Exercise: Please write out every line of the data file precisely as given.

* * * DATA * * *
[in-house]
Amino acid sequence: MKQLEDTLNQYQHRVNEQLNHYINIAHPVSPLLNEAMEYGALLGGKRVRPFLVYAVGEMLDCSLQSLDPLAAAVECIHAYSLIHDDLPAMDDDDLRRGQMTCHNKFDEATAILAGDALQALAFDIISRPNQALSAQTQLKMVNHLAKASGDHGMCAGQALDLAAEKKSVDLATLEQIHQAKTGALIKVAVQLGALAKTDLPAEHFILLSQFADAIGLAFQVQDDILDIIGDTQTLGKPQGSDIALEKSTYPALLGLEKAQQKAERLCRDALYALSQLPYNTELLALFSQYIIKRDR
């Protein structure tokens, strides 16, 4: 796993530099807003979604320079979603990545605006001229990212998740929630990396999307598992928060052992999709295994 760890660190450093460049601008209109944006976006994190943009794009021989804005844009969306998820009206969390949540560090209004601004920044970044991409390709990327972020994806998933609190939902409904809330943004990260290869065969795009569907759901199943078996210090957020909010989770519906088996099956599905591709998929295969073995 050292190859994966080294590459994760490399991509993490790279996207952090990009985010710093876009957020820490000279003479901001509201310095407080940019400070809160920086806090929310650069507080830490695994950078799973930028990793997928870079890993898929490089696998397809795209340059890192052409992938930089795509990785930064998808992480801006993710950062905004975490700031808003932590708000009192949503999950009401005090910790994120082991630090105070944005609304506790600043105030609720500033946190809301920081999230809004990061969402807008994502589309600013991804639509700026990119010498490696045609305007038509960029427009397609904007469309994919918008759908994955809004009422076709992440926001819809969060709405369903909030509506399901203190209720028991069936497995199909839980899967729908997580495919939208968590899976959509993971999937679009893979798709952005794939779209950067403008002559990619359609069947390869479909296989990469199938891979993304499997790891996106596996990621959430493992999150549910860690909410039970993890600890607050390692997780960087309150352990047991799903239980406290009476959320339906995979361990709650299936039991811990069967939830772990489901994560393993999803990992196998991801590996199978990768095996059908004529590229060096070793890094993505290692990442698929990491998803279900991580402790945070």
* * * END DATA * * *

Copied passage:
[in-house]
Amino acid sequence: MKQLEDTLNQYQHRVNEQLNHYINIAHPVSPLLNEAMEYGALLGGKRVRPFLVYAVGEMLDCSLQSLDPLAAAVECIHAYSLIHDDLPAMDDDDLRRGQMTCHNKFDEATAILAGDALQALAFDIISRPNQALSAQTQLKMVNHLAKASGDHGMCAGQALDLAAEKKSVDLATLEQIHQAKTGALIKVAVQLGALAKTDLPAEHFILLSQFADAIGLAFQVQDDILDIIGDTQTLGKPQGSDIALEKSTYPALLGLEKAQQKAERLCRDALYALSQLPYNTELLALFSQYIIKRDR
């Protein structure tokens, strides 16, 4: 796993530099807003979604320079979603990545605006001229990212998740929630990396999307598992928060052992999709295994 760890660190450093460049601008209109944006976006994190943009794009021989804005844009969306998820009206969390949540560090209004601004920044970044991409390709990327972020994806998933609190939902409904809330943004990260290869065969795009569907759901199943078996210090957020909010989770519906088996099956599905591709998929295969073995 050292190859994966080294590459994760490399991509993490790279996207952090990009985010710093876009957020820490000279003479901001509201310095407080940019400070809160920086806090929310650069507080830490695994950078799973930028990793997928870079890993898929490089696998397809795209340059890192052409992938930089795509990785930064998808992480801006993710950062905004975490700031808003932590708000009192949503999950009401005090910790994120082991630090105070944005609304506790600043105030609720500033946190809301920081999230809004990061969402807008994502589309600013991804639509700026990119010498490696045609305007038509960029427009397609904007469309994919918008759908994955809004009422076709992440926001819809969060709405369903909030509506399901203190209720028991069936497995199909839980899967729908997580495919939208968590899976959509993971999937679009893979798709952005794939779209950067403008002559990619359609069947390869479909296989990469199938891979993304499997790891996106596996990621959430493992999150549910860690909410039970993890600890607050390692997780960087309150352990047991799903239980406290009476959320339906995979361990709650299936039991811990069967939830772990489901994560393993999803990992196998991801590996199978990768095996059908004529590229060096070793890094993505290692990442698929990491998803279900991580402790945070």